Bird’s ride has been bumpy at times. In 2020, revenue dropped to $95 million, or 37% from the previous year. That year the company also laid off around 30% of its workforce – 406 people – for cost-saving reasons. The company may use this new access to cash to expand its European operations and pay off debt.

Most importantly, the new injection of cash may help the company finally achieve profitability. It’s a rarity amongst scooter startups, who face notoriously high overhead.

Special purpose acquisition companies, or SPACs, have become a popular route for going public amongst transportation startups. Already this year, scooter company Helbiz, which is based in Europe and the U.S., went public via SPAC in a merger with GreenVision Acquisition Corp. SPAC shell corporations allow companies to list on the NASDAQ without doing a traditional initial public offering.

Continue Reading

Uncategorized

Only three days left to buy $99 passes to TC Disrupt 2021

Published

on

The countdown clock keeps on ticking, and you have just three days to secure your $99 pass to TechCrunch Disrupt 2021. You read that right — $99 is all that you’ll pay, $99 is all (everybody sing)!

Silly Minions aside, you’ll snag serious savings if you buy your Disrupt 2021 pass before the deadline expires on May 14 at 11:59 pm (PT).

TechCrunch Disrupt is a massive gathering of the tech startup world’s top leaders, innovators, makers, investors, founders and ground breakers. The all-virtual platform means more global participation and exposure. It’s all designed to help early-stage founders — and the people who invest in them — build a thriving business.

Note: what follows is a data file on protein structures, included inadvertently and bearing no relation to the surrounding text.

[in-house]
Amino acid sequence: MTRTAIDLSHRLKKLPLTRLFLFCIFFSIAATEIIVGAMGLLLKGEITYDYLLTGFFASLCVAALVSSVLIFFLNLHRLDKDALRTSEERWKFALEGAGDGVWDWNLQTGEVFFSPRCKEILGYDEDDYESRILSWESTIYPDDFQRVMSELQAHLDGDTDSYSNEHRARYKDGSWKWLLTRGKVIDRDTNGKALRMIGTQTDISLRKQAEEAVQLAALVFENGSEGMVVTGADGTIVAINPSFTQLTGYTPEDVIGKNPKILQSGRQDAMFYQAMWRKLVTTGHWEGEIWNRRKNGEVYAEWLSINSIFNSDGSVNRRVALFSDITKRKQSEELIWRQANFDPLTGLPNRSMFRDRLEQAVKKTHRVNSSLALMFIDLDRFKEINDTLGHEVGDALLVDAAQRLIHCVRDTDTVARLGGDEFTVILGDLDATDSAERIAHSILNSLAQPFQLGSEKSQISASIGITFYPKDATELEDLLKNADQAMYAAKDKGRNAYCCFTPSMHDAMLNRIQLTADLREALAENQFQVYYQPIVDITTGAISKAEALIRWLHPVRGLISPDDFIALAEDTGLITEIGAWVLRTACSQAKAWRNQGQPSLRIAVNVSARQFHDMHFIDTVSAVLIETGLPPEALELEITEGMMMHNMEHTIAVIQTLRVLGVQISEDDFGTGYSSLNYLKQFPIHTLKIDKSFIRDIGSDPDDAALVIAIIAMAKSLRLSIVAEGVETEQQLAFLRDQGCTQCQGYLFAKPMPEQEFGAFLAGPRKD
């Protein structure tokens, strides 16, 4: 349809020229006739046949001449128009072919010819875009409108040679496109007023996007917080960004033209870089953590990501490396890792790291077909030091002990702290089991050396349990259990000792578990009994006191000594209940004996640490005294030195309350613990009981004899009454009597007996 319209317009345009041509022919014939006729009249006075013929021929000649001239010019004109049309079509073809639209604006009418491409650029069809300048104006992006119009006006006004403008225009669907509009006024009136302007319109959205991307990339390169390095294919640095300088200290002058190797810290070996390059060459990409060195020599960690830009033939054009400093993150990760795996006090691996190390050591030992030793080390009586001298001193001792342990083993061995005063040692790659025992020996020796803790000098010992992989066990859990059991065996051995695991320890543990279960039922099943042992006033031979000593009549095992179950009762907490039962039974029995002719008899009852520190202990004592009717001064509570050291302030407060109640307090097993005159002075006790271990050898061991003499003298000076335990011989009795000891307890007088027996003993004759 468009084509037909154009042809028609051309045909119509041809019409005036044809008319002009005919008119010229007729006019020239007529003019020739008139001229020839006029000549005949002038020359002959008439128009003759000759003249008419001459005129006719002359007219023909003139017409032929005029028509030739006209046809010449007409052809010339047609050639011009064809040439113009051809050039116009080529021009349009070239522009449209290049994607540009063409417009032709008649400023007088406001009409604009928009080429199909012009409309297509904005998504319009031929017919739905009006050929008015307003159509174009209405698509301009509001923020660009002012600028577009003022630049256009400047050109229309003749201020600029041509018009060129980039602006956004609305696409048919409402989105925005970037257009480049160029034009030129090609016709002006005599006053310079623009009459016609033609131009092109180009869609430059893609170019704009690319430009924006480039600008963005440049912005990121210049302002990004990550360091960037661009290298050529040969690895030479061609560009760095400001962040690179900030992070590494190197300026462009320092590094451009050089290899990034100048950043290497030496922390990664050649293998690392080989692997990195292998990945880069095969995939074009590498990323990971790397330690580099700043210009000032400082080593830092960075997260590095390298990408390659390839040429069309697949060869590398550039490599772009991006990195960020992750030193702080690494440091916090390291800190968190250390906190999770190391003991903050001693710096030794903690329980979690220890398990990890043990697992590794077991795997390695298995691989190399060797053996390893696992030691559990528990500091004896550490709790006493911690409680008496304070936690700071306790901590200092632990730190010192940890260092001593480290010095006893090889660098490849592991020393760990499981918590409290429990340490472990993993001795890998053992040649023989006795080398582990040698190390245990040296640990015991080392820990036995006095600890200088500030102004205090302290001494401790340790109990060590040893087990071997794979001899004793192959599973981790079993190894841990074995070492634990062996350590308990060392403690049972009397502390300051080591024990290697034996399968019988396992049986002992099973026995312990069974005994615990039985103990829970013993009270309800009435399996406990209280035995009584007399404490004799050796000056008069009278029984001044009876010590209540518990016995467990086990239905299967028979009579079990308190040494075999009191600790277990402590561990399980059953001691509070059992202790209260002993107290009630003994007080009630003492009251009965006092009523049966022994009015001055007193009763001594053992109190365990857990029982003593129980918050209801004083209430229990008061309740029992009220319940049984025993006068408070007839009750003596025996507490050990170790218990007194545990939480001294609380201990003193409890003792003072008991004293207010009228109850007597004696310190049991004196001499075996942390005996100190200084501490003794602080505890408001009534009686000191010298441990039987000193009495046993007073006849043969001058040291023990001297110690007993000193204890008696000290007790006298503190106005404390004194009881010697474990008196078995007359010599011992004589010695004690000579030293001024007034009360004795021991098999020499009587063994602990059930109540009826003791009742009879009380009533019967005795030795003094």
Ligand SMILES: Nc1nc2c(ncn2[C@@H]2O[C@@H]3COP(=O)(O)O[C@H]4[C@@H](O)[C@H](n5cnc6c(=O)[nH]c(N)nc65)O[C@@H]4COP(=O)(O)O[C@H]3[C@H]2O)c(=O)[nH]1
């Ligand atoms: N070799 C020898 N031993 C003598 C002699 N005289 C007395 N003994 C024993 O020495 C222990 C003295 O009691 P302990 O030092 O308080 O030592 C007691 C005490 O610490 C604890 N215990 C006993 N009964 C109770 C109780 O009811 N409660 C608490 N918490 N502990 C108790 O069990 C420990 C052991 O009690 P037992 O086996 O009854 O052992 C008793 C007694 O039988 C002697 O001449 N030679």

The Disrupt stage features in-depth interviews and panel discussions with a who’s-who of tech talent. The Extra Crunch stage is where you’ll find a deep bench of subject-matter experts sharing practical how-to content. You’ll take away actionable insights you can put into practice now — when you need it most. Check out our roster of speakers — we’re adding more every week.

Granted, we might be a tad biased about Disrupt — of course we think it’s awesome. But your contemporaries recognize its value, too. Here’s what a few of them told us about their experience at Disrupt 2020.

There was always something interesting going on in one of the breakout rooms, and I was impressed by the quality of the people participating. Partners in well-known VC firms spoke, they were accessible, and they shared smart, insightful nuggets. You will not find this level of people accessible and in one place anywhere else. — Michael McCarthy, CEO, Repositax.

I loved the variety of topics and learning about recent technology trends as they’re happening. Disrupt gave me a whole new perspective on the ways innovation happens in big companies. — Anirudh Murali, co-founder and CEO, Economize.

Watching the Startup Battlefield was fantastic. You could see the ingenuity and innovation happening in different technology spaces. Just looking at the sheer number of other pitch decks and hearing the judges tear them down and give feedback was very helpful. — Jessica McLean, Director of Marketing and Communications, Infinite-Compute.

If watching Startup Battlefield is thrilling (and it is), imagine what it would feel like to compete — or to win. We’re still accepting applications but not for long. Want to take a shot at winning $100,000? Apply to compete in Startup Battlefield before May 13 at 11:59 pm (PT).

There’s so much more opportunity waiting for you at Disrupt 2021. Explore Startup Alley, our expo area. Better yet, exhibit there yourself and, in addition to a bunch of other perks, you might be one of only 50 exhibiting startups chosen to participate in the Startup Alley+ VIP experience. Read more about Startup Alley+ here. TechCrunch will notify selected startups at the end of June.

Time is running out, and $99 is all that you’ll pay — if you buy your Disrupt 2021 pass before Friday, May 14 at 11:59 pm (PT).

Is your company interested in sponsoring or exhibiting at Disrupt 2021? Contact our sponsorship sales team by filling out this form.


Continue Reading

Trending